As the saying goes, The first step is admitting you have a problem. Living in denial is the biggest hindrance of addiction, but being able to break through the barriers and admit, not only to yourself but to your loved ones that you have a problem is a large part of recovery.
Many people who are suffering with drug or alcohol addictions, hide the fact that they have a problem. Here are a few things to keep in mind before telling your loved ones about your addiction.
Finding The Right Time
When suffering with any addition, it is advisable to seek help as soon as possible. Addictions of any kind can cause physical and mental harm, so it’s best to seek professional help to avoid causing any further damage.
Choosing the right moment to talk about it to your family is key. Try picking a place where you are comfortable, and calm. This can then give your loved one’s chance to digest the information without distractions.
Opening up to your loved ones is one of the biggest hurdles, so be sure to be honest about your addiction. Talk to them about when it started, the root cause, how long it has been going on.
Dishonesty is a common relapse trigger, so it is essential that you remain honest and open when talking about your addiction. Honesty allows you, and your loved ones to start to heal and rebuild the relationships which may have been broken due to your addiction.
Get Them Involved
Having a good support network behind you can aid in your recovery, not only while you are receiving treatment, but for the months and years which follow where you will find you need the most support in staying clean.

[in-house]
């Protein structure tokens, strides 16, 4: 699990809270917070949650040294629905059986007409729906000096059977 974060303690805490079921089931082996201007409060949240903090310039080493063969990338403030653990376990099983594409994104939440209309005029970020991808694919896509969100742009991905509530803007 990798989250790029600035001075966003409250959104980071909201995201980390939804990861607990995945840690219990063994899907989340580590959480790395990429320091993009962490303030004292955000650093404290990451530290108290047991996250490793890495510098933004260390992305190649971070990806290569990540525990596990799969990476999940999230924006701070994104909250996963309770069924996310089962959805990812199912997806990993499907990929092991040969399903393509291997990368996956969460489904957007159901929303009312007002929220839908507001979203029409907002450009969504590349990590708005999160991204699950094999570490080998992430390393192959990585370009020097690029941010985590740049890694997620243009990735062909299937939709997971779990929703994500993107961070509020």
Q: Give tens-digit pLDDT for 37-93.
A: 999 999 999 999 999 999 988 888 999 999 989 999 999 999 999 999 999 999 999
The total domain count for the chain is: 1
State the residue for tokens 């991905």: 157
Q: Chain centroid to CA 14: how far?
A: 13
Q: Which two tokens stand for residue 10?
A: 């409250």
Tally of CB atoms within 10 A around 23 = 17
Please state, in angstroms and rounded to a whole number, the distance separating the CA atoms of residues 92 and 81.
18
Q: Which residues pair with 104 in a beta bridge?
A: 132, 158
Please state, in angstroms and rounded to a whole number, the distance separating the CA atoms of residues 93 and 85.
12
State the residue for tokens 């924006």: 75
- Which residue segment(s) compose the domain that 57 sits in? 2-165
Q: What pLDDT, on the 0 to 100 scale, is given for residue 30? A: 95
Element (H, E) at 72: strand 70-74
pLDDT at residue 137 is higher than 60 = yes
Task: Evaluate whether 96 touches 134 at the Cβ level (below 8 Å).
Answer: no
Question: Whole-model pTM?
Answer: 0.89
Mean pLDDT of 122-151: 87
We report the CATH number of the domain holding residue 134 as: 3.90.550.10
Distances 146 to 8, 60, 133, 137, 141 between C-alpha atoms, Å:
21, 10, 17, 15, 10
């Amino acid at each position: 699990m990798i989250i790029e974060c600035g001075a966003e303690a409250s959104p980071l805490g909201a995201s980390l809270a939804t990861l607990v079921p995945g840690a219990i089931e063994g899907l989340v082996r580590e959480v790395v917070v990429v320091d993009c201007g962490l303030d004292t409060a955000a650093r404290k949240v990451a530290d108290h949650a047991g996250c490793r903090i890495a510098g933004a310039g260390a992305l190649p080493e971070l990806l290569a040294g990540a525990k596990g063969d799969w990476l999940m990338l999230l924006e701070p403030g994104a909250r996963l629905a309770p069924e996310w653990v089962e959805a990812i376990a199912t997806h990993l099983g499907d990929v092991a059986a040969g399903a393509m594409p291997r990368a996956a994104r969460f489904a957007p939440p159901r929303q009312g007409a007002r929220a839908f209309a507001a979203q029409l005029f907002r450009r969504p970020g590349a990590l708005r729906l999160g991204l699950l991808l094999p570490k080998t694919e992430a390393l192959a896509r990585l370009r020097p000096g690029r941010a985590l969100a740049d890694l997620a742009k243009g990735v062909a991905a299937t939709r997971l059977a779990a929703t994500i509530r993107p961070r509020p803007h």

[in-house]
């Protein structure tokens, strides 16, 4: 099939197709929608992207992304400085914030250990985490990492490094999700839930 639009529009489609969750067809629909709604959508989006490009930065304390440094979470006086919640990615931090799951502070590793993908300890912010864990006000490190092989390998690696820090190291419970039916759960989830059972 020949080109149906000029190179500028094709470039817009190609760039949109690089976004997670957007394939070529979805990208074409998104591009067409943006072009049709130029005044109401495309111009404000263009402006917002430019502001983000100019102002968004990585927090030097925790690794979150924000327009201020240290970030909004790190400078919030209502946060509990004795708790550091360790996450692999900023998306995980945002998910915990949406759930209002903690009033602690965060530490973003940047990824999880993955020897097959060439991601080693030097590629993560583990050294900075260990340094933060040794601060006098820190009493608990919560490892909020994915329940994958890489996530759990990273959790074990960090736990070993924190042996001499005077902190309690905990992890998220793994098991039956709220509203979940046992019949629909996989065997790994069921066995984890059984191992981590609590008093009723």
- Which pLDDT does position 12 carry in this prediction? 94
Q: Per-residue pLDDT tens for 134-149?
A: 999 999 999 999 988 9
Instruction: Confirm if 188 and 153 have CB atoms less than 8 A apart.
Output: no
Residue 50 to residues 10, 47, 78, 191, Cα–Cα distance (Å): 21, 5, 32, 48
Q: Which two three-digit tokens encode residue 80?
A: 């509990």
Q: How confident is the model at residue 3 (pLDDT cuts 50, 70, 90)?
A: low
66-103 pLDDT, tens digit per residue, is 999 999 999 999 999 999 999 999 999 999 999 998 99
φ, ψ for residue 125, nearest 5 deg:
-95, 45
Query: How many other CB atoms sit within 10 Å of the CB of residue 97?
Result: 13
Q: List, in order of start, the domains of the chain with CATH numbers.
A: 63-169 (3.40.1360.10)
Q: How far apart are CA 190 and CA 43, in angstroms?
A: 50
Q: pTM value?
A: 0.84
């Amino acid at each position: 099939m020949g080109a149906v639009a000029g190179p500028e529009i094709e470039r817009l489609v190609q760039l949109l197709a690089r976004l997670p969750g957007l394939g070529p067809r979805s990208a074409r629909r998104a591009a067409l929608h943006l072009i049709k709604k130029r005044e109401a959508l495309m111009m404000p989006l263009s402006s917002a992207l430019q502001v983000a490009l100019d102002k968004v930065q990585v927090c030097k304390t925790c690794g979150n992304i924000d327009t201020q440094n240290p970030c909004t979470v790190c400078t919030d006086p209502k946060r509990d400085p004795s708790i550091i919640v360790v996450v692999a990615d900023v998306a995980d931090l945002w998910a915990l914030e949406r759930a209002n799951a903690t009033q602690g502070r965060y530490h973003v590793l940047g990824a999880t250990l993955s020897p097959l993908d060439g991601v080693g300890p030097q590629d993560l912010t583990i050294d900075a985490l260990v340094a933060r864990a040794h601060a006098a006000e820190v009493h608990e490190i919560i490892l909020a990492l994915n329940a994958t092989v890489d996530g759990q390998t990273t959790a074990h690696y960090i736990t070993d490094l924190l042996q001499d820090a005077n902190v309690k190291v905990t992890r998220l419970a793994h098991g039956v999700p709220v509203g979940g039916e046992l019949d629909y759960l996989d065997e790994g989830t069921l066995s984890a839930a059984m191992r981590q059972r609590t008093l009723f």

Letting your loved ones be involved in your recovery can benefit you greatly. Family members can sometimes feel isolated and can find it hard to come to terms with the reasons behind there loved ones addiction. Keeping them involved throughout the treatment process is essential for a complete recovery.
Understand Your Addiction
Many addiction treatment programmes contain a range of therapies and detoxes which help make sure you reach your recovery goals.
A combination of group therapies along with individual therapy sessions are usually advised.
These therapies are there to help you fully understand your addiction, examining your behaviour and teach you ways on how you can identify the negatives and change the way you respond to those situations.
The more you understand your addiction and the reasoning behind it, the easier this will be on your family and friends. They can gain knowledge of your addiction and triggers and be able to support and guide you in the coming months and years.